http://en.wikipedia.org/wiki/Criticism_of_the_Federal_Reserve

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I ended up watching the second half. Even worse. It states that banks own the federal reserve. Utter nonsense. A bit like the idiots who claim that the bank of England is owned by the Rothchilds.

Also, I don't want to be too pedantic but if he is so clever, surely he would know the difference between "you and me" as opposed to "you and I".

I would have expected it to be HM Bank of England if it was truly state owned though.

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A lot of scaremongering factoids for the net-educated. Of course, quite a lot of it was true. How do people know how to separate the wheat from the chaff?

If you could not sort the wheat from the chaff, you obviously did not understand it.

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i think the problem stems from the 6% dividend paid to member banks, holders of the fed stock as it were.

http://en.wikipedia.org/wiki/Criticism_of_the_Federal_Reserve

Thank you for confirming my fears. The problem with these highly professional looking videos is that they present easily verifiable fiction as fact on the basis that the net - educated will not seek a second opinion.

The video closes with a couple of actions for viewers: to watch the video over and over again until all the arguments have been learnt and then to distribute it widely. Those sound like the techniques of a religious cult.

A lot of people here think that this shows how the system really works because it tells them what they want to hear while deriding the so-called sheeple for not watching these misinformation videos.

Grrrr (cross face)

Edited by Ah-so

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If you could not sort the wheat from the chaff, you obviously did not understand it.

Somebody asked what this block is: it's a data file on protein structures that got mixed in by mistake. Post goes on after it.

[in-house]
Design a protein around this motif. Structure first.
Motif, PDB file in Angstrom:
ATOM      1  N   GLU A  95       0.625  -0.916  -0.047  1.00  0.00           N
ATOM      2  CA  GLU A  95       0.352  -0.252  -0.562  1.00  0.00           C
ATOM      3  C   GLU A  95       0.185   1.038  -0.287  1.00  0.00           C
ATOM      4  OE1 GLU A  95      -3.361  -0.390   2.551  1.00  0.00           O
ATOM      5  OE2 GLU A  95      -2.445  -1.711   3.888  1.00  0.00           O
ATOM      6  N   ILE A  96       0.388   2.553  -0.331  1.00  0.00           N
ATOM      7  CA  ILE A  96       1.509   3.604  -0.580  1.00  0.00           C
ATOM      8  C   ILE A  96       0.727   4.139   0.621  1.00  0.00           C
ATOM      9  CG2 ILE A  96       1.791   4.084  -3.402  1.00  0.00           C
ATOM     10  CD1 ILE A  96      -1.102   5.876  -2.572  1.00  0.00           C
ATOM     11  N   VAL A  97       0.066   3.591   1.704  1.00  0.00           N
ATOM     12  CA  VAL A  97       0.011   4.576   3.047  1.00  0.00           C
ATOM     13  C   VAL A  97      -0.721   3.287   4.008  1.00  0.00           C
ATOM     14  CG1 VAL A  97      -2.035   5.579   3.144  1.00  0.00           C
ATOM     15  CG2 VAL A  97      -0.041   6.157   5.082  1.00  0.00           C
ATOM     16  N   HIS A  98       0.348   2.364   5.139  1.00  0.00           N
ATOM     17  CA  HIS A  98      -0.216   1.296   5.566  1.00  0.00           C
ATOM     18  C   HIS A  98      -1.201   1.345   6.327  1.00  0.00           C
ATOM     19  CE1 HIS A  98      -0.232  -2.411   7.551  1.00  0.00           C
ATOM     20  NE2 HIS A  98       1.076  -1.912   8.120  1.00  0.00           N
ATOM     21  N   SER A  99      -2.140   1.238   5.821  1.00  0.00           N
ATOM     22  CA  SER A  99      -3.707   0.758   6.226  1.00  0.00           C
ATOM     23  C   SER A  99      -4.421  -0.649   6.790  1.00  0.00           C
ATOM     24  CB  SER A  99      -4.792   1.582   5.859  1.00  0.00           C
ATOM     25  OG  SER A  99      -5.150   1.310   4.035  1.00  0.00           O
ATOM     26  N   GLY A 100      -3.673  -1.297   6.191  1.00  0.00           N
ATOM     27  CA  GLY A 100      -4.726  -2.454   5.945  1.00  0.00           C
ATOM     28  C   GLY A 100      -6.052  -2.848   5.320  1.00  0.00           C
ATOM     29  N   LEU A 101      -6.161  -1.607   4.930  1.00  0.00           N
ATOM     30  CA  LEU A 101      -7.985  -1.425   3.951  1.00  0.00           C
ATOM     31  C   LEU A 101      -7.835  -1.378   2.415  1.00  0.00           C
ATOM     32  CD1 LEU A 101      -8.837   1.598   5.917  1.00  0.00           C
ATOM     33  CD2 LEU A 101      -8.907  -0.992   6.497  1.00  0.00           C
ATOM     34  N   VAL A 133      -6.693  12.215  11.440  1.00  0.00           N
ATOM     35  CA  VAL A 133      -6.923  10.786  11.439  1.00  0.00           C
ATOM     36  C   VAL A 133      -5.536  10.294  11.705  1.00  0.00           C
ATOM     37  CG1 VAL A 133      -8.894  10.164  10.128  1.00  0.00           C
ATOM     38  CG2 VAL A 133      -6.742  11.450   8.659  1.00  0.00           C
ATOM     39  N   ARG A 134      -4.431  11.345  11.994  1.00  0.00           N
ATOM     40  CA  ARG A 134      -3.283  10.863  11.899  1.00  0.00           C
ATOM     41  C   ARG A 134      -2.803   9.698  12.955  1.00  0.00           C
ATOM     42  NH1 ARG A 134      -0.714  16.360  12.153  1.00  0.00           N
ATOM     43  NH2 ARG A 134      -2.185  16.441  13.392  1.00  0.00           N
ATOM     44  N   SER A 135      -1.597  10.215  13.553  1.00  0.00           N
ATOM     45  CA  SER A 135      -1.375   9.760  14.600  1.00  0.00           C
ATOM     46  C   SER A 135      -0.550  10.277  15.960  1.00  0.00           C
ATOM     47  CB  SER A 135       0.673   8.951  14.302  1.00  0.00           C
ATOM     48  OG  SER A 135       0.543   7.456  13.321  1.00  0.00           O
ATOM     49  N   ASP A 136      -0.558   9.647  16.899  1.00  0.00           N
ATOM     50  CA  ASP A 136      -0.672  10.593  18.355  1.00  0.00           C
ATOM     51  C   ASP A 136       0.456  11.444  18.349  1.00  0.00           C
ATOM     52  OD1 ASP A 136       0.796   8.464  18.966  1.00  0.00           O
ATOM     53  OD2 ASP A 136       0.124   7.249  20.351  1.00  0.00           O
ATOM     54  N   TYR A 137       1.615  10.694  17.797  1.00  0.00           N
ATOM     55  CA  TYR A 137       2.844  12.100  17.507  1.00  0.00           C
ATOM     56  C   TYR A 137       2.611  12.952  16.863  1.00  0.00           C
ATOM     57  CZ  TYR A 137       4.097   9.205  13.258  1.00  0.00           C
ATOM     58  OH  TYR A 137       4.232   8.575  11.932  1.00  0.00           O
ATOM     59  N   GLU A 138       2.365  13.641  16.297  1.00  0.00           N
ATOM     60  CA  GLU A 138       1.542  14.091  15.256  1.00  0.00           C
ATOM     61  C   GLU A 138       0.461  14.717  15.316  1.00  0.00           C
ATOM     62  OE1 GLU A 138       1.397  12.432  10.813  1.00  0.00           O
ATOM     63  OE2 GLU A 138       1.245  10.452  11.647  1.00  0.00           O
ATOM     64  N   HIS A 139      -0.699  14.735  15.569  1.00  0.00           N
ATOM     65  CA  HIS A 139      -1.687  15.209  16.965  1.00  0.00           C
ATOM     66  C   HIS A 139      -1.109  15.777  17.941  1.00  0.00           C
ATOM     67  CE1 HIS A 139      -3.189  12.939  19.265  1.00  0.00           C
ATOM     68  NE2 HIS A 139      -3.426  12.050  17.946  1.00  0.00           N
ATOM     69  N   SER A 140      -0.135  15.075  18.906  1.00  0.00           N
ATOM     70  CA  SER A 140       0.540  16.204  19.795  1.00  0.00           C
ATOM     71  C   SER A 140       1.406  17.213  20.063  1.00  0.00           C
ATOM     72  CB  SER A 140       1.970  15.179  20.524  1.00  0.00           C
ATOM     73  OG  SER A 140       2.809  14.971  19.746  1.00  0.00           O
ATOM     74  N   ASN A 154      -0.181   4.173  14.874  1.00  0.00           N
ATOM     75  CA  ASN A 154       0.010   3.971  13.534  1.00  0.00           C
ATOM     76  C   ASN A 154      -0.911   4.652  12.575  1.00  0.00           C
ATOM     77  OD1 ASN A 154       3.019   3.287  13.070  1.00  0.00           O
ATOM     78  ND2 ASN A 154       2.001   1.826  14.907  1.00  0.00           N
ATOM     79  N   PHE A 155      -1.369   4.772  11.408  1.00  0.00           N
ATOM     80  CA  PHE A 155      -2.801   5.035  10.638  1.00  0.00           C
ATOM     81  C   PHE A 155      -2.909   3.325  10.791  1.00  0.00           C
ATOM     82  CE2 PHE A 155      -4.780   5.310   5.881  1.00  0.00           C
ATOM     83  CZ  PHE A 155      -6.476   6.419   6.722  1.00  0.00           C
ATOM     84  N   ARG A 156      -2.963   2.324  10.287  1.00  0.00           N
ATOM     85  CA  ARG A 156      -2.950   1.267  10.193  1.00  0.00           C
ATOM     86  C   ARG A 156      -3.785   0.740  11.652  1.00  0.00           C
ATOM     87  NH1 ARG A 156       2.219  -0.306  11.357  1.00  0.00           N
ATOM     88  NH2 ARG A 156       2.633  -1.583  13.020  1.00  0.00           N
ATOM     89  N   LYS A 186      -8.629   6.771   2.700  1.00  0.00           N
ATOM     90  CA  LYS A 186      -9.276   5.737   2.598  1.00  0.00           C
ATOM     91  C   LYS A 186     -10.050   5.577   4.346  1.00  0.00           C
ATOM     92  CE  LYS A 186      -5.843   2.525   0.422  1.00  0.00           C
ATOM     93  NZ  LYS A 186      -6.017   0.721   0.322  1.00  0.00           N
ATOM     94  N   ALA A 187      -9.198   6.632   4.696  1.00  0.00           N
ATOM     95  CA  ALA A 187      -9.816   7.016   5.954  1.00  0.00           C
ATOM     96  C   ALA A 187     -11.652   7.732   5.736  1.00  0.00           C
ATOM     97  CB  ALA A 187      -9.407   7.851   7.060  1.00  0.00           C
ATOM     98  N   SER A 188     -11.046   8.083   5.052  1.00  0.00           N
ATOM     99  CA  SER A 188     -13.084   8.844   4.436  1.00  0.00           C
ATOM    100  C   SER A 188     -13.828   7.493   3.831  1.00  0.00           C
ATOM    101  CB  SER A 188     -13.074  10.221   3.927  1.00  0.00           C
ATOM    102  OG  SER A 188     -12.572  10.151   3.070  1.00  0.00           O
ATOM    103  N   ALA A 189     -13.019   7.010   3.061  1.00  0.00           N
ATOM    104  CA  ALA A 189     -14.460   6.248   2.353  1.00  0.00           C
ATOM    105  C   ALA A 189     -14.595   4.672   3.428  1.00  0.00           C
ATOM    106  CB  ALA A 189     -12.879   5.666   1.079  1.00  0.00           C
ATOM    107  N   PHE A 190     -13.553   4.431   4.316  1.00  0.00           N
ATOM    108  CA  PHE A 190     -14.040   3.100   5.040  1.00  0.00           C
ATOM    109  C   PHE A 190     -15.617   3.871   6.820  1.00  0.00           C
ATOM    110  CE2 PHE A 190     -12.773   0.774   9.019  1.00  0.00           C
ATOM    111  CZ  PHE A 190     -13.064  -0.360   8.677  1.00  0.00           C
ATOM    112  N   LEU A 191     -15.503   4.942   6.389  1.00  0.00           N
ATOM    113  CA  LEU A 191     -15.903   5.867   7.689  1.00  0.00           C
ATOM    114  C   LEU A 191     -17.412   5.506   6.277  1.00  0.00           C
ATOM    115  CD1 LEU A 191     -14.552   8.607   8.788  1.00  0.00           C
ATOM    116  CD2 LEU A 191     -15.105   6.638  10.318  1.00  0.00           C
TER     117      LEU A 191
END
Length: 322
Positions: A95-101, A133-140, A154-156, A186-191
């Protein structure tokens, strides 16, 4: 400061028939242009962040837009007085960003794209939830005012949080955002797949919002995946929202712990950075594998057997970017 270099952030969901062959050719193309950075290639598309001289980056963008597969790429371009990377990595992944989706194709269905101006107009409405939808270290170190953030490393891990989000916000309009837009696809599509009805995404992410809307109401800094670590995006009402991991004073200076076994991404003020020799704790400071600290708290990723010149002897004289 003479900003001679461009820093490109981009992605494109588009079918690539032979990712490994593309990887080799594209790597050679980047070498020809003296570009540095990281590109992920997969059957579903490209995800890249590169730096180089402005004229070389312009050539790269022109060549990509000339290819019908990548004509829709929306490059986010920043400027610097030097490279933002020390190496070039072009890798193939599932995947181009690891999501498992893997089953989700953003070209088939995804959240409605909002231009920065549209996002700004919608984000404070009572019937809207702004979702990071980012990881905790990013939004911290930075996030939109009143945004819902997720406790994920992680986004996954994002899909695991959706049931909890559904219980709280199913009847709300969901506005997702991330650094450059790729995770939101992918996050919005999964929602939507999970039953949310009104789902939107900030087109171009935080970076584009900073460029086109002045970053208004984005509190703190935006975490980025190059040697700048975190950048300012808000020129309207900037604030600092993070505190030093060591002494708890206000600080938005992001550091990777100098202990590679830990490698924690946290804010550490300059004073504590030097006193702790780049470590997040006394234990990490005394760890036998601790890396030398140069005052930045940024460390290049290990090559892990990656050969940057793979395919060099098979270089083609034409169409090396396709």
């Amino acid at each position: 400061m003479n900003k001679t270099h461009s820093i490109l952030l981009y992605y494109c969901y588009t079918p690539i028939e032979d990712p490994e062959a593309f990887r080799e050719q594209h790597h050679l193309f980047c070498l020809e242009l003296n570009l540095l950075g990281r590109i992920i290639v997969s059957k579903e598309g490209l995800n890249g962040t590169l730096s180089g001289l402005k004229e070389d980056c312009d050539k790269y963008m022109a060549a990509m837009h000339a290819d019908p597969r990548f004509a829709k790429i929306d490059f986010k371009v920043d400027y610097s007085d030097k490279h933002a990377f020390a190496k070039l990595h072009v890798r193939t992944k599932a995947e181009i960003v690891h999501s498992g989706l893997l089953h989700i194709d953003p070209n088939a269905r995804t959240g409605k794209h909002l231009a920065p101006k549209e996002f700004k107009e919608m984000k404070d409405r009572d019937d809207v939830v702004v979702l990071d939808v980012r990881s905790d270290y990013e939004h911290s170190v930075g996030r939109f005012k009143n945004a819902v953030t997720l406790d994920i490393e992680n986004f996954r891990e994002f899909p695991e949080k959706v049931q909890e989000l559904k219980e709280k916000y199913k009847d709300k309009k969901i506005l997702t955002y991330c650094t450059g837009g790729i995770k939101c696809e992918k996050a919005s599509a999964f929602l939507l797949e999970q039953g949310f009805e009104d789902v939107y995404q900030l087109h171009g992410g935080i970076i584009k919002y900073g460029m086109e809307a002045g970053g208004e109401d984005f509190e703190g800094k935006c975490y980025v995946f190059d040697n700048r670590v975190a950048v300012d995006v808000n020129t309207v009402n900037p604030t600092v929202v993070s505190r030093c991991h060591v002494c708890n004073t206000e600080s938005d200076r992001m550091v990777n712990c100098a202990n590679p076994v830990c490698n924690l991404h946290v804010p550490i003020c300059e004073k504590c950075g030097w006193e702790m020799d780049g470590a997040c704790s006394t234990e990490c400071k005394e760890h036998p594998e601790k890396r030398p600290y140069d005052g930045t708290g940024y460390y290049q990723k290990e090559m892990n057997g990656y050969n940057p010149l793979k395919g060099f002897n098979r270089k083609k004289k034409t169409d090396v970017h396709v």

The video introduces falsehoods in amongst facts to confuse the casual viewer.

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The video introduces falsehoods in amongst facts to confuse the casual viewer.

The perfect counter to the Bankers Tale of prudence, care and proberty..

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I would have expected it to be HM Bank of England if it was truly state owned though.

Well, your expecation is not proven by reality. The Bank of England is legally a company, but 100% of its shares are owned by HM Treasury. No doubt that prior to its nationalisation after the War shares were owned by all sorts of people and institutions, but that is not the reality today.

Edited by Ah-so

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Such as the Federal Reserve being owned by the private banks.

The court case Lewis v. United States, 680 F.2d 1239 (1982) ruled that Federal Reserve Banks are "independent, privately owned and locally controlled corporations",

In any case, how does that alter the pyramid scheme characteristics of the monetary system ?